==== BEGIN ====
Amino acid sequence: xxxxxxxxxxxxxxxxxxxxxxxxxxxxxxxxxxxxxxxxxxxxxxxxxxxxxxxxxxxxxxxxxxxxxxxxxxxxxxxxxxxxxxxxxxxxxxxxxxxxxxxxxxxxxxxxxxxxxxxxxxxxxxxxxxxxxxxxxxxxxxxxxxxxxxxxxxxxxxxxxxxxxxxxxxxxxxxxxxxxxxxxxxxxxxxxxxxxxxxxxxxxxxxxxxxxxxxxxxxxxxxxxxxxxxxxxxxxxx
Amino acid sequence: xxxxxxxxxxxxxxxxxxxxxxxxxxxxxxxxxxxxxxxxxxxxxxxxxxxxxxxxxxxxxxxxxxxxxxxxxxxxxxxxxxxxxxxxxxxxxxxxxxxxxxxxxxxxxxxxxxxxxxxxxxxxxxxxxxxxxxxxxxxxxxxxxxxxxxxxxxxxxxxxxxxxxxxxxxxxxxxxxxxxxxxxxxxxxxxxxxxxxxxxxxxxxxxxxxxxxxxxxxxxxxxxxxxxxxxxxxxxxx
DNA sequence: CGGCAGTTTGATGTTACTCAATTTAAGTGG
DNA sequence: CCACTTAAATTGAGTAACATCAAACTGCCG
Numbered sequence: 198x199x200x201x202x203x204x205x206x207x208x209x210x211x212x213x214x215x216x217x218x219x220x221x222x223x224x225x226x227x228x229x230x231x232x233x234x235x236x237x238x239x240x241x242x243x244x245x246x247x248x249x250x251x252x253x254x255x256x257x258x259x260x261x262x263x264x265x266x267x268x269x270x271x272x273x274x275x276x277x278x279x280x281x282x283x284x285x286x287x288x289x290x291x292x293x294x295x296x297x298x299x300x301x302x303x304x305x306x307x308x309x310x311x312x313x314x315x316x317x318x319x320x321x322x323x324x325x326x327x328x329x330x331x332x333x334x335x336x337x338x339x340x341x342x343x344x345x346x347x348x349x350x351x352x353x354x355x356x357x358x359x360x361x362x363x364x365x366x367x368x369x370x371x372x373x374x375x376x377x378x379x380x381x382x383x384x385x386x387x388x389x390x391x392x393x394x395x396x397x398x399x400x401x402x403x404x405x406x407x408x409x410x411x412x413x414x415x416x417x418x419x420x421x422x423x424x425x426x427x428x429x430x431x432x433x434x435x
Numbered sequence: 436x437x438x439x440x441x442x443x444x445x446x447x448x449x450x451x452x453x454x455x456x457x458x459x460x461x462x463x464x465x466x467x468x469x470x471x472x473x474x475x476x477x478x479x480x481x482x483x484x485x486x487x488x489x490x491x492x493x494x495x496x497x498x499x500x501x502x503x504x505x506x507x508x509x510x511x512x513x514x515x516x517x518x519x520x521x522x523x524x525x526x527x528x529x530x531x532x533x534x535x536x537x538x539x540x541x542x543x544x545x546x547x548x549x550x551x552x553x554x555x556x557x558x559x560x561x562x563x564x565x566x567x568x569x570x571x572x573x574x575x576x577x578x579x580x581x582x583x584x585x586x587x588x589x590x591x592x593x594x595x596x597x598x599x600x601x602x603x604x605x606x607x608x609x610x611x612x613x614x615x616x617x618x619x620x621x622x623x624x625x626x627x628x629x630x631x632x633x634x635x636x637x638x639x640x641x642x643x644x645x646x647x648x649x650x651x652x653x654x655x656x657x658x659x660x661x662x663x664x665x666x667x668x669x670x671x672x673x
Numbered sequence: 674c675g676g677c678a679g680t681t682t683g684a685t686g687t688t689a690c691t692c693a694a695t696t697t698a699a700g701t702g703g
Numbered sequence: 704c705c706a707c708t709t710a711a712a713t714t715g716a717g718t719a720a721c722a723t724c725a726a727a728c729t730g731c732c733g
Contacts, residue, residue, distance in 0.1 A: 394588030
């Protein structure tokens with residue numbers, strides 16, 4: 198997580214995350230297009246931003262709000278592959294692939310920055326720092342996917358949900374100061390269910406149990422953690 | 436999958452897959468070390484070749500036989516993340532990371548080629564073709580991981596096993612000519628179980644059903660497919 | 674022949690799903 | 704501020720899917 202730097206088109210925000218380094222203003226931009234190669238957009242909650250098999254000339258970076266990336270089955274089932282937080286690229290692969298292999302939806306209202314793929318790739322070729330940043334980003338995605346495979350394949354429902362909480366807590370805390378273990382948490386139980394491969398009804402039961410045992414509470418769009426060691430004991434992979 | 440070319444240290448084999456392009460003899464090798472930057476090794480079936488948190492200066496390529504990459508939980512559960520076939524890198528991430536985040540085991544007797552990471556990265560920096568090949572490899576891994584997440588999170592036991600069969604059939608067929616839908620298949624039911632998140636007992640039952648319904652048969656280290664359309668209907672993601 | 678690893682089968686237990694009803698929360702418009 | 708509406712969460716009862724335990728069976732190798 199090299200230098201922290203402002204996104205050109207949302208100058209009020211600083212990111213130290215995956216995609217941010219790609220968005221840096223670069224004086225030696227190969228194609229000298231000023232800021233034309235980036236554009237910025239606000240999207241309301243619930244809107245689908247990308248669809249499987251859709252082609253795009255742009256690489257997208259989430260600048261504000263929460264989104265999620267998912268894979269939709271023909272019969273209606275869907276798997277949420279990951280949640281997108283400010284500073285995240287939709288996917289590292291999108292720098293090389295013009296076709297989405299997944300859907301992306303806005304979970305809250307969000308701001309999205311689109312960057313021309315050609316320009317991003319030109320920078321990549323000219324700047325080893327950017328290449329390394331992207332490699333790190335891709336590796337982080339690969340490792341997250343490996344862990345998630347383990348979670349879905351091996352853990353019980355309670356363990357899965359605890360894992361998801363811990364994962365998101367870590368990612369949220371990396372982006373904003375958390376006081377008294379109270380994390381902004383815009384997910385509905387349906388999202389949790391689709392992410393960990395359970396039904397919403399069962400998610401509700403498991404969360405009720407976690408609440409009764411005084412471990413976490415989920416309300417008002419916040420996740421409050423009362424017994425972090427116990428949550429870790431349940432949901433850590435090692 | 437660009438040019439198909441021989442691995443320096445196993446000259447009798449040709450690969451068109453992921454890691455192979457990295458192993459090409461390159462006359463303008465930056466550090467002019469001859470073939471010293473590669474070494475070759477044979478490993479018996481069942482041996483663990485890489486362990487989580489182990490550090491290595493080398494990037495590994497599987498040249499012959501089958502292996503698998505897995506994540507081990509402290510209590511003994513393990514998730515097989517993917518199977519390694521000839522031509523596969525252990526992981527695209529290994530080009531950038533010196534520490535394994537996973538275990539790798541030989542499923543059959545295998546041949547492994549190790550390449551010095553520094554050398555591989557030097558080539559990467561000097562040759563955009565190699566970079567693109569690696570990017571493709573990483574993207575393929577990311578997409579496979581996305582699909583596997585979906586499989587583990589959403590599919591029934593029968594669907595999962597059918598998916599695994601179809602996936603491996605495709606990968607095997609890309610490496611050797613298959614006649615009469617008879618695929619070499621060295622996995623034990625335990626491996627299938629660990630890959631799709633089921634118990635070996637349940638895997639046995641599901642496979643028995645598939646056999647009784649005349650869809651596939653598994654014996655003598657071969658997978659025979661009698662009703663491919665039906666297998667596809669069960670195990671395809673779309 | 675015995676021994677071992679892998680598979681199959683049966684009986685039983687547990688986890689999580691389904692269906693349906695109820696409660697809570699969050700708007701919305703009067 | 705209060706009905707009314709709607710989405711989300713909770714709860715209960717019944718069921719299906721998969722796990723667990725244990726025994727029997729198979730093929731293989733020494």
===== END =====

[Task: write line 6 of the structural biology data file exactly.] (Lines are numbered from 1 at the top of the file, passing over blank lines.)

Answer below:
Numbered sequence: 436x437x438x439x440x441x442x443x444x445x446x447x448x449x450x451x452x453x454x455x456x457x458x459x460x461x462x463x464x465x466x467x468x469x470x471x472x473x474x475x476x477x478x479x480x481x482x483x484x485x486x487x488x489x490x491x492x493x494x495x496x497x498x499x500x501x502x503x504x505x506x507x508x509x510x511x512x513x514x515x516x517x518x519x520x521x522x523x524x525x526x527x528x529x530x531x532x533x534x535x536x537x538x539x540x541x542x543x544x545x546x547x548x549x550x551x552x553x554x555x556x557x558x559x560x561x562x563x564x565x566x567x568x569x570x571x572x573x574x575x576x577x578x579x580x581x582x583x584x585x586x587x588x589x590x591x592x593x594x595x596x597x598x599x600x601x602x603x604x605x606x607x608x609x610x611x612x613x614x615x616x617x618x619x620x621x622x623x624x625x626x627x628x629x630x631x632x633x634x635x636x637x638x639x640x641x642x643x644x645x646x647x648x649x650x651x652x653x654x655x656x657x658x659x660x661x662x663x664x665x666x667x668x669x670x671x672x673x